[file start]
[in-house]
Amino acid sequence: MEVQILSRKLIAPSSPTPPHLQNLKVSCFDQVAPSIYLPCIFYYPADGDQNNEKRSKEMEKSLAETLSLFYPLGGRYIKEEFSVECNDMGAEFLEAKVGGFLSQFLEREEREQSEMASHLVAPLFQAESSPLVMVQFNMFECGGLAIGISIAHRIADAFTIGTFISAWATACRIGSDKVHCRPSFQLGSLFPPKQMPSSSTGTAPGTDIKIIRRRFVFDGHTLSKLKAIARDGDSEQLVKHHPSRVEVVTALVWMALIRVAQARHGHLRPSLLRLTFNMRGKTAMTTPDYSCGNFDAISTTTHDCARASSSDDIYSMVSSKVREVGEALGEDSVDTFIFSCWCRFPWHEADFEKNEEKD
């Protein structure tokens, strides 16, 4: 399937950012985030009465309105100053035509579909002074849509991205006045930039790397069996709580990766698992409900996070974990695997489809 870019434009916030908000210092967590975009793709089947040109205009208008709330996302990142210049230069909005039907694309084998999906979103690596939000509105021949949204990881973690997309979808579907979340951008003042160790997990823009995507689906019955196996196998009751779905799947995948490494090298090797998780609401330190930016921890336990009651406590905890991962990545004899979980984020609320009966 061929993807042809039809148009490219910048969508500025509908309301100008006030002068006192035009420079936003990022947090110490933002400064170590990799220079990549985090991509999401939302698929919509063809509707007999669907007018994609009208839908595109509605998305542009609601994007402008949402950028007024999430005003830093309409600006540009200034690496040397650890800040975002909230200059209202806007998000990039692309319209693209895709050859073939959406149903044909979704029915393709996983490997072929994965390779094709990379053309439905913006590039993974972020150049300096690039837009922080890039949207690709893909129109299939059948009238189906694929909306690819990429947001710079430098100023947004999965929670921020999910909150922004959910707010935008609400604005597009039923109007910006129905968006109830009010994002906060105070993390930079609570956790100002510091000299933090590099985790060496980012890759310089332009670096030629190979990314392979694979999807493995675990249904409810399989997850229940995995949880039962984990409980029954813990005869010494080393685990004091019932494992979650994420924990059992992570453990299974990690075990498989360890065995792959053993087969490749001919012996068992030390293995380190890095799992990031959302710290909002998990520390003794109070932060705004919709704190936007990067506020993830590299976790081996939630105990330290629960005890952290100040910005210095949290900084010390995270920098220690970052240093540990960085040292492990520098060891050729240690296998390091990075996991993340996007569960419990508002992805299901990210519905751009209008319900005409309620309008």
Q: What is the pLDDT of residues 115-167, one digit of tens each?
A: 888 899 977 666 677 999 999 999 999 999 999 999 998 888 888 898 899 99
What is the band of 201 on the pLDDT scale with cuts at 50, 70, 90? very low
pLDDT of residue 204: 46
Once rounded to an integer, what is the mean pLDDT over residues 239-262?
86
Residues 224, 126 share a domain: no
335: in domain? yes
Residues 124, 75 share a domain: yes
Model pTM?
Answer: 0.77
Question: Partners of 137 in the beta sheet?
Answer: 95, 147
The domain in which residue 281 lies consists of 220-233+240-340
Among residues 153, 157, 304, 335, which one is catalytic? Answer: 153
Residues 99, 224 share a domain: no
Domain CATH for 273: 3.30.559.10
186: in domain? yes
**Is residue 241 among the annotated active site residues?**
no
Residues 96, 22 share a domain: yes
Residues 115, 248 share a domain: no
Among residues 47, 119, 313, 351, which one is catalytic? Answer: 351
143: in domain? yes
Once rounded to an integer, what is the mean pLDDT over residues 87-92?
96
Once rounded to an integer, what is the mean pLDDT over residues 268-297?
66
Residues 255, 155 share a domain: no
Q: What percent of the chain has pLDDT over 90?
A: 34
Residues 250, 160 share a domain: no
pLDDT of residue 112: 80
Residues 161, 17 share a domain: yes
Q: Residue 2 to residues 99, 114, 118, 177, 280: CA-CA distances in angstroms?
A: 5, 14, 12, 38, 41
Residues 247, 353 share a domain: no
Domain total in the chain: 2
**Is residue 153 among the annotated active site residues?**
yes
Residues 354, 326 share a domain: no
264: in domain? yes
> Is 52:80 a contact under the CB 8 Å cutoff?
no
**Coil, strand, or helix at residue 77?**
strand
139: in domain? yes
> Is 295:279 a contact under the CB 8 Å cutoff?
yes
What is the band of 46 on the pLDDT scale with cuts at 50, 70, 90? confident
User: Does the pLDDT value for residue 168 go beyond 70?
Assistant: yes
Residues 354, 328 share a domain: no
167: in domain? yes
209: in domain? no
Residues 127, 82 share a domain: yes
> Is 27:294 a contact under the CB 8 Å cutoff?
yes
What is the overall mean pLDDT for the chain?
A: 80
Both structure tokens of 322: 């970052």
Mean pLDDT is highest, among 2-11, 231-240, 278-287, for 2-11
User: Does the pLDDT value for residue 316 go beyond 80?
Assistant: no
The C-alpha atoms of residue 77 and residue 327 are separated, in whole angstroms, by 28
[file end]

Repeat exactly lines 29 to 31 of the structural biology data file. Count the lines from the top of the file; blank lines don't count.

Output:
96
Once rounded to an integer, what is the mean pLDDT over residues 268-297?
66